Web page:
The latest winners of the National Medal of Science and National Medal of Technology and Innovation include doctors, physicists and mathematicians, being honored for groundbreaking work at a number elite universities, such as Harvard, Princeton, Yale, MIT and Stanford.
Seventeen people will be honored overall, with nine receiving the National Medal of Science and eight receiving the National Medal of Technology and Innovation.
The National Medal of Science has been awarded by the National Science Foundation since 1959. Nominations come from from a committee of appointees based on their extraordinary knowledge in and contributions to chemistry, engineering, computing, mathematics, and the biological, behavioral and physical sciences.
The National Medal of Technology and Innovation has been awarded by the U.S. Patent and Trademark Office since 1980, with an independent committee representing the private and public sectors submitting recommendations to the president.
The winners of the National Medal of Science are:
- Paul Alivisatos, Director of the Lawrence Berkeley National Laboratory: Alivisatos is known as a pioneer in nanomaterials, with his work on nanocrystals leading to breakthroughs in the biomedical and renewable energy fields.
- Michael Artin, MIT: Contributed to various algebraic theorems, including the Artin Stacks and Artin-Mazur zeta function
- Albert Bandura, Stanford University: A psychologist who helped move a line of study, behaviorism, into what is now known as cognitive psychology. Also helped create the social learning theory, formed from his famous Bobo Doll experiment
- Stanley Falkow, Stanford University School of Medicine: A microbiologist whose work was based on studying how infectious microbes interact with host cells, which led to various clinical applications including a new vaccine for whooping cough
- Shirley Ann Jackson, Rensselaer Polytechnic Institute: Was the first African-American woman to earn a doctorate at MIT, studying nuclear physics. Spent time working for the European Organization for Nuclear Research (CERN) in Switzerland. Was chairwoman of the Nuclear Regulatory Commission from 1995 to 1999.
- Rakesh Jain, Harvard Medical School: The professor of tumor biology discovered an alternative use for cancer drug Avastin, inhibiting blood vessels in tumors from growing in order to improve the effects of chemotherapy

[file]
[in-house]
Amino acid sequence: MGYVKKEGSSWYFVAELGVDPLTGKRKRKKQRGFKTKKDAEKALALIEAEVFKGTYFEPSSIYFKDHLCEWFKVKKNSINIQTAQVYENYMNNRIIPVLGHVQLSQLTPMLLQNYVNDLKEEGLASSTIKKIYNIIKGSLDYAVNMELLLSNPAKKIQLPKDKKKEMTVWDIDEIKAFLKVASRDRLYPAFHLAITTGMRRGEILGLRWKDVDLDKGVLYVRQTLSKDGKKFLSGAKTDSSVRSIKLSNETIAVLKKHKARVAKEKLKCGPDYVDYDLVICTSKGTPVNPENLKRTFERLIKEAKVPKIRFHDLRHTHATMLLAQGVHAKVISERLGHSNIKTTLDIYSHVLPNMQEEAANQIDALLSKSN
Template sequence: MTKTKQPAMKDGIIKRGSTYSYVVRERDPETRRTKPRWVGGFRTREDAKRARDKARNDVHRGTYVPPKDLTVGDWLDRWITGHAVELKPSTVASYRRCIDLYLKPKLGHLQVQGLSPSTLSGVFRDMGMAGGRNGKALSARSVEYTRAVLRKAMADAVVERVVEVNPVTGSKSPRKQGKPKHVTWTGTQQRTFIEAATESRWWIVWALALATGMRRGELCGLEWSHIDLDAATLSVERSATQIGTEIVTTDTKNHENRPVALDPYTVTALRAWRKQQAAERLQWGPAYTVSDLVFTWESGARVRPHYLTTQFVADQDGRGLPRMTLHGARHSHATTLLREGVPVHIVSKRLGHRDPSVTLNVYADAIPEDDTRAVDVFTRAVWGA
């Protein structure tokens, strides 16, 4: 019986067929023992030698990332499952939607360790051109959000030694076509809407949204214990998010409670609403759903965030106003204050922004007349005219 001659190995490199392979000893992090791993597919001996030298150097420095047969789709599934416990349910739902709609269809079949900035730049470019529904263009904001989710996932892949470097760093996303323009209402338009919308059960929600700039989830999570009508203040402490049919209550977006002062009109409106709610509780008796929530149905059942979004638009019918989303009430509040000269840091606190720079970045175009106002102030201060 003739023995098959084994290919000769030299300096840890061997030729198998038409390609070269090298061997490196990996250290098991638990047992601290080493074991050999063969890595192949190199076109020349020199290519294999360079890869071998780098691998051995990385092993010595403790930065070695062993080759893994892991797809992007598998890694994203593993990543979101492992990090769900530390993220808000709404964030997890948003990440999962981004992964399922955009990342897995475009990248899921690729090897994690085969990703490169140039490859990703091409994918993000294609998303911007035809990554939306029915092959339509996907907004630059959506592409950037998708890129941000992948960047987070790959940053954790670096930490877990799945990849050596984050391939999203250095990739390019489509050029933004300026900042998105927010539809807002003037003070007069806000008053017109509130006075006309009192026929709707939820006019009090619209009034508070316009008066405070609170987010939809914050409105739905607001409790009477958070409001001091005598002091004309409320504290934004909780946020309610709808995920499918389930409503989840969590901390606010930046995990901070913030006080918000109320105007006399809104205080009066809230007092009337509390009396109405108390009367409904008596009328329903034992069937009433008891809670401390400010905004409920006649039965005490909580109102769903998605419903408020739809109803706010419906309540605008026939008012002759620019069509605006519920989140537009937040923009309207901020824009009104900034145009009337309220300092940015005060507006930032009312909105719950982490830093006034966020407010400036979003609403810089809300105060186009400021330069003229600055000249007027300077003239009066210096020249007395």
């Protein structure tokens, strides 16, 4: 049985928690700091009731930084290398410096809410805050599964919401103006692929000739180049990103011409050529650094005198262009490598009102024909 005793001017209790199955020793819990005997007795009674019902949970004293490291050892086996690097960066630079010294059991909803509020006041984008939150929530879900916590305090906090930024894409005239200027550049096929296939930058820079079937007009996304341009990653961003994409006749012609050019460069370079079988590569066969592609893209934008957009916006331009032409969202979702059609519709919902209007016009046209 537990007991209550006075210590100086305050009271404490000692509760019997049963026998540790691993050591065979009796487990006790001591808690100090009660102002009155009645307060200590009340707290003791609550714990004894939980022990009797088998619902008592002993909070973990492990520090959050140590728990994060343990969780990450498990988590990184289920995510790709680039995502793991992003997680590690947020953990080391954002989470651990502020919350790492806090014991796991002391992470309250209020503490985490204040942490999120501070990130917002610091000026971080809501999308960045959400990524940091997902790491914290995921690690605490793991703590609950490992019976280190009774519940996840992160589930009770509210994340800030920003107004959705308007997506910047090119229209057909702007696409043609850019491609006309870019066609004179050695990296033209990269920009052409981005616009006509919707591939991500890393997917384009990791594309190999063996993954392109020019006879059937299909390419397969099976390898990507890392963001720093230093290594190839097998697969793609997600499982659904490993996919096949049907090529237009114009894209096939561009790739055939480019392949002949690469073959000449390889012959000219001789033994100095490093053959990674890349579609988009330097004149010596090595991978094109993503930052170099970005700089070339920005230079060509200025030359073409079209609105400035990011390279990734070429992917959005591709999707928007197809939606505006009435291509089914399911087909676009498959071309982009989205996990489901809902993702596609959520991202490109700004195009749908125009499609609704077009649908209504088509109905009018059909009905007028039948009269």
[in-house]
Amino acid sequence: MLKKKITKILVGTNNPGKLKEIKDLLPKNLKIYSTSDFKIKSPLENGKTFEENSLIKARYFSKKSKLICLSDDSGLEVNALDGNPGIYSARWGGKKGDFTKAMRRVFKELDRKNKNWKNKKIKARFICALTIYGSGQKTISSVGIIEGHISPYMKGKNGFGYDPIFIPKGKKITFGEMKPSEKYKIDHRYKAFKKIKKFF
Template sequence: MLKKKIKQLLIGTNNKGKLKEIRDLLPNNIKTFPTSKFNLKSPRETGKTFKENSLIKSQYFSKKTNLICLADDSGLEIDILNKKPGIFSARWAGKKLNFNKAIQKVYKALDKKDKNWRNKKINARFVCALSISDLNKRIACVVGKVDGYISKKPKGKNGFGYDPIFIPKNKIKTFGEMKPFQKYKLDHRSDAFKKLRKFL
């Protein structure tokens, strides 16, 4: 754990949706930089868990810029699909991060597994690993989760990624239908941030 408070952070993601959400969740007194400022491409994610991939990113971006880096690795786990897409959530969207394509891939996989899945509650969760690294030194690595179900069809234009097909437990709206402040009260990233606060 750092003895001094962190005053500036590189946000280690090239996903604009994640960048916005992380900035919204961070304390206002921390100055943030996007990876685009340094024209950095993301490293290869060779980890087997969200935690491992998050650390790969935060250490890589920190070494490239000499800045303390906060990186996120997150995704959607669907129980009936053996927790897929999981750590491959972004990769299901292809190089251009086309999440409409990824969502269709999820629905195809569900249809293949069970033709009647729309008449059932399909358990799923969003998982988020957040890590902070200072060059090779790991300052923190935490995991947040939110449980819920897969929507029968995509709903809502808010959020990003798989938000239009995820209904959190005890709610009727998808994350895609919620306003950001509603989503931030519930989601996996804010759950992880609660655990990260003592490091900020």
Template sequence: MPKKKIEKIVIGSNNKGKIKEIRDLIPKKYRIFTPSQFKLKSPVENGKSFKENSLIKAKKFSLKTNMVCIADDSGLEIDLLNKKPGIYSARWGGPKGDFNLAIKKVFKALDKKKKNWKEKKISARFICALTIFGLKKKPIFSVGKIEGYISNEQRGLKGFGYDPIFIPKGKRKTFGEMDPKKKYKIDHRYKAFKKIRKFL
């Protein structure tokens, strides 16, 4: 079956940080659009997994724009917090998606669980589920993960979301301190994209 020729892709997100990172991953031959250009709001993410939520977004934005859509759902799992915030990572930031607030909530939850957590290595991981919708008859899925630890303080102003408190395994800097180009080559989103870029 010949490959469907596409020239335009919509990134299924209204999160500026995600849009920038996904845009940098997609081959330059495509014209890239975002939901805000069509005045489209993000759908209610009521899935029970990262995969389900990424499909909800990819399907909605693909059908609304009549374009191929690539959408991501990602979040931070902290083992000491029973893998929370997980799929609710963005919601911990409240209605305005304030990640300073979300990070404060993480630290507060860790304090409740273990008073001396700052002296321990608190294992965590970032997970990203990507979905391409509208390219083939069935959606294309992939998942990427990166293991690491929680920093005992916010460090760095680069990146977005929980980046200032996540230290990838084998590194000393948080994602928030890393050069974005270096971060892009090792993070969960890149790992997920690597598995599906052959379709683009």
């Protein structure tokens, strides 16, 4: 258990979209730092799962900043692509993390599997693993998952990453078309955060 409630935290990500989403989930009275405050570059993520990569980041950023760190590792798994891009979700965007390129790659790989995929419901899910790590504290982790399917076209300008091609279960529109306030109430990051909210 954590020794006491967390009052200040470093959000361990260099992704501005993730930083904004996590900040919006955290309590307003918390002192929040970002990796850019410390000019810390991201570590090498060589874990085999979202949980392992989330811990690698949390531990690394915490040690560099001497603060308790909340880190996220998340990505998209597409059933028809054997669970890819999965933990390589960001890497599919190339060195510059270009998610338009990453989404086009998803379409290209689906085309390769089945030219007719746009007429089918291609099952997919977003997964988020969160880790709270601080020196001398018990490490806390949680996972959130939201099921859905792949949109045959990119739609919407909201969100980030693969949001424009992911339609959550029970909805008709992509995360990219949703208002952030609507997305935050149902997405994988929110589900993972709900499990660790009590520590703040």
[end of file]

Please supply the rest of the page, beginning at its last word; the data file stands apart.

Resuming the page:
- Mary-Claire King, University of Washington: Her work in genetics led to the discovery of the BRCA-1 and BRCA-2 genes, known as the “breast cancer gene.” Also spent time researching the genetic causes of hereditary deafness.
- Simon Levin, Princeton University: This biology professor is known for using mathematics to study the macroscopic (large enough to be visible to the naked eye) patterns of ecosystems
- Geraldine Richmond, University of Oregon: The presidential chair of science and chemistry at the university, she is known for her research in chemical and physical processes that occur in complex surfaces, such as water’s surface layer.
The winners of the National Medal of Technology and Innovation are:
- Joseph DeSimone, UNC-Chapel Hill: His work in nanotechnology lead to breakthroughs in things like the manufacturing process of a drug-eluting stent that can be absorbed by the body and 3-D printing technology.
- Robert Fischell, University of Maryland: A physicist, inventor and holder of over 200 patents, he’s helped create pacemakers that can be charged with radio waves, implantable insulin pumps and feedback systems that provide early warning of epileptic seizures and heart attacks.
- Arthur Gossard, University of California-Santa Barbara: Discovered the fractional quantum Hall effect, a major research topic in particle matter physics.
- Nancy Ho, Purdue University: Chemical engineer that advanced biofuels and renewable energy by creating a unique yeast that can produce cellulosic ethanol.
- Chenming Hu, University of California-Berkeley: Professor of Microelectronics known for setting standards on 3-D transistors
- Mark Humayun, University of Southern California: Helped develop an active epiretinal prosthesis, better known as a “bionic eye,” for people suffering from degenerative vision diseases
- Cato Laurencin, University of Connecticut: Internationally known for work in regenerative engineering, including revolutionary ways to treat musculoskeletal injury. His work on regenerating knee ligament tissue is in clinical trials in Europe.
- Jonathan Rothberg, Yale University: Geneticist who oversaw the team that was the first to fully sequence the human genome.
“Science and technology are fundamental to solving some of our nation’s biggest challenges,” President Barack Obama said in a release. “The knowledge produced by these Americans today will carry our country’s legacy of innovation forward and continue to help countless others around the world. Their work is a testament to American ingenuity.”
The recipients will be honored in a presidential ceremony in 2016, the White House announced Tuesday.